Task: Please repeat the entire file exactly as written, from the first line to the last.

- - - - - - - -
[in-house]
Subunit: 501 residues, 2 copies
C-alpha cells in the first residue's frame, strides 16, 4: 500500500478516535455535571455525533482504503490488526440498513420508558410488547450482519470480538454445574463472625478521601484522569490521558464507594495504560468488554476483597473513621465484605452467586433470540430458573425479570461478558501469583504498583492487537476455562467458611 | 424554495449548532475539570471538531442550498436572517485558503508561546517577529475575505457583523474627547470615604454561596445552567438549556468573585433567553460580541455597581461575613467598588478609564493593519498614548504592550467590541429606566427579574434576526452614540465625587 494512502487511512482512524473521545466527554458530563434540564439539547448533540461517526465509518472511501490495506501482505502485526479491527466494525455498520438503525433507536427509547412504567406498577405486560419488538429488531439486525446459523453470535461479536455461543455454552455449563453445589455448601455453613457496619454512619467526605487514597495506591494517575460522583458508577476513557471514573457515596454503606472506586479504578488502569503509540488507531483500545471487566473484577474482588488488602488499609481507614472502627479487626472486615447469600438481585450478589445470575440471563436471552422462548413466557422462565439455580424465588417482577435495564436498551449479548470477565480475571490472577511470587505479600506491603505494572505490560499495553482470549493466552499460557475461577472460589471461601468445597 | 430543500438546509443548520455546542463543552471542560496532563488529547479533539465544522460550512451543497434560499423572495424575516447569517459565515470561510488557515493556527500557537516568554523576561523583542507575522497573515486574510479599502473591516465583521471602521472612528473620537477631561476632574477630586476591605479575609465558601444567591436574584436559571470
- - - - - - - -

[in-house]
Subunit: 501 residues, 2 copies
C-alpha cells in the first residue's frame, strides 16, 4: 500500500478516535455535571455525533482504503490488526440498513420508558410488547450482519470480538454445574463472625478521601484522569490521558464507594495504560468488554476483597473513621465484605452467586433470540430458573425479570461478558501469583504498583492487537476455562467458611 | 424554495449548532475539570471538531442550498436572517485558503508561546517577529475575505457583523474627547470615604454561596445552567438549556468573585433567553460580541455597581461575613467598588478609564493593519498614548504592550467590541429606566427579574434576526452614540465625587 494512502487511512482512524473521545466527554458530563434540564439539547448533540461517526465509518472511501490495506501482505502485526479491527466494525455498520438503525433507536427509547412504567406498577405486560419488538429488531439486525446459523453470535461479536455461543455454552455449563453445589455448601455453613457496619454512619467526605487514597495506591494517575460522583458508577476513557471514573457515596454503606472506586479504578488502569503509540488507531483500545471487566473484577474482588488488602488499609481507614472502627479487626472486615447469600438481585450478589445470575440471563436471552422462548413466557422462565439455580424465588417482577435495564436498551449479548470477565480475571490472577511470587505479600506491603505494572505490560499495553482470549493466552499460557475461577472460589471461601468445597 | 430543500438546509443548520455546542463543552471542560496532563488529547479533539465544522460550512451543497434560499423572495424575516447569517459565515470561510488557515493556527500557537516568554523576561523583542507575522497573515486574510479599502473591516465583521471602521472612528473620537477631561476632574477630586476591605479575609465558601444567591436574584436559571470